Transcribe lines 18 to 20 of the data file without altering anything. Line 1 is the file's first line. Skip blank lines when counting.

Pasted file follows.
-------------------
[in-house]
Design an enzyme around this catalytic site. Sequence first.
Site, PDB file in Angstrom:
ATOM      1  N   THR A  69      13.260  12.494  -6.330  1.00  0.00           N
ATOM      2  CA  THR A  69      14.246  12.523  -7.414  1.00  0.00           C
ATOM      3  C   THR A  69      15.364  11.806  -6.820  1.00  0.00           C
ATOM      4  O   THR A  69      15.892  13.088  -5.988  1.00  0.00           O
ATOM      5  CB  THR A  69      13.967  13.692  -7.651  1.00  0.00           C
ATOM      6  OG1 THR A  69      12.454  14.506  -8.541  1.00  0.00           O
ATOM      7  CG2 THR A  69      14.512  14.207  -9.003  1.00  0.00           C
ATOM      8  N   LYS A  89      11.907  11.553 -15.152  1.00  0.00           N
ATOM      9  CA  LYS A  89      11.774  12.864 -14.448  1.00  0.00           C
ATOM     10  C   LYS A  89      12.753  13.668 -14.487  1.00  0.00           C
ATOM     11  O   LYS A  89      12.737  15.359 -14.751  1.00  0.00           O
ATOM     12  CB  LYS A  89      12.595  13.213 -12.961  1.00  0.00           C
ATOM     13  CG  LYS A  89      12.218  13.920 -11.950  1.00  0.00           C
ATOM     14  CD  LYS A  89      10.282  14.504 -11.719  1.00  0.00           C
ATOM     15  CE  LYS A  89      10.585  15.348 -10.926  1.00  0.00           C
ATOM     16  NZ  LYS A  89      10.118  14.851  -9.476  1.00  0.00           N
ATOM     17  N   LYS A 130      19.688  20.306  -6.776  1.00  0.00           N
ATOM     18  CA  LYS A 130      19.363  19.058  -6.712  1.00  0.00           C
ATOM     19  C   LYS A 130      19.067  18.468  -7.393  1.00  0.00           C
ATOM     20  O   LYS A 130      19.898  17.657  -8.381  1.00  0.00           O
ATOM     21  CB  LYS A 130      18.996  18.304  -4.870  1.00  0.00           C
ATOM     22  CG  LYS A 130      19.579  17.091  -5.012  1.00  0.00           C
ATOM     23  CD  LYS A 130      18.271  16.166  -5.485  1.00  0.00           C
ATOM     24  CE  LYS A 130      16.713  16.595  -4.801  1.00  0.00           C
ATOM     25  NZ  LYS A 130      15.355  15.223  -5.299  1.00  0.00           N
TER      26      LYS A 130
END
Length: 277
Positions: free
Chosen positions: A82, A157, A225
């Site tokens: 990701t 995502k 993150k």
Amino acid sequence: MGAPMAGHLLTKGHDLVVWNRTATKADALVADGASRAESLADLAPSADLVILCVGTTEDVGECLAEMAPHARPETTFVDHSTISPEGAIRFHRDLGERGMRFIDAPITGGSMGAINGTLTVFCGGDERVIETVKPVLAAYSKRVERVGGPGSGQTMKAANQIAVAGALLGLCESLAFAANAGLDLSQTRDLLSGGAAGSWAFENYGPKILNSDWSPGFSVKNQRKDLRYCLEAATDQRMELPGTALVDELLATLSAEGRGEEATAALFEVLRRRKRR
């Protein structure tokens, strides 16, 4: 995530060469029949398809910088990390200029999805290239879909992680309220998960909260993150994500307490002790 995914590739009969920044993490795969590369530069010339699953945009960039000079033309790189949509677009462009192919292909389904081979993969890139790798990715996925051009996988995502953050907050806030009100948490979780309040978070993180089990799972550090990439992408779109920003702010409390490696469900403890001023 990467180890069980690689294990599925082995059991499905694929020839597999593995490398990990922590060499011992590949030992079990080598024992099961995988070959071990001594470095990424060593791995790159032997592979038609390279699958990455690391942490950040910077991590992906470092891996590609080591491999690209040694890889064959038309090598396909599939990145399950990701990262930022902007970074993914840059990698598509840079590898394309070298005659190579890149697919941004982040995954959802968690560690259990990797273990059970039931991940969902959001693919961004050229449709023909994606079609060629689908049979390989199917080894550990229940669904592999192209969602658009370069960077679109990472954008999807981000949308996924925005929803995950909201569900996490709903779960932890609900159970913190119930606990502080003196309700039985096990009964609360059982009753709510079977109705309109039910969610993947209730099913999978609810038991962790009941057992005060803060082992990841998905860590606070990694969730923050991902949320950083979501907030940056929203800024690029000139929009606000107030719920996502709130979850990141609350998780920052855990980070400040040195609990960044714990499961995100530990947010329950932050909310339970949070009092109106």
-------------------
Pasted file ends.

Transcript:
ATOM     15  CE  LYS A  89      10.585  15.348 -10.926  1.00  0.00           C
ATOM     16  NZ  LYS A  89      10.118  14.851  -9.476  1.00  0.00           N
ATOM     17  N   LYS A 130      19.688  20.306  -6.776  1.00  0.00           N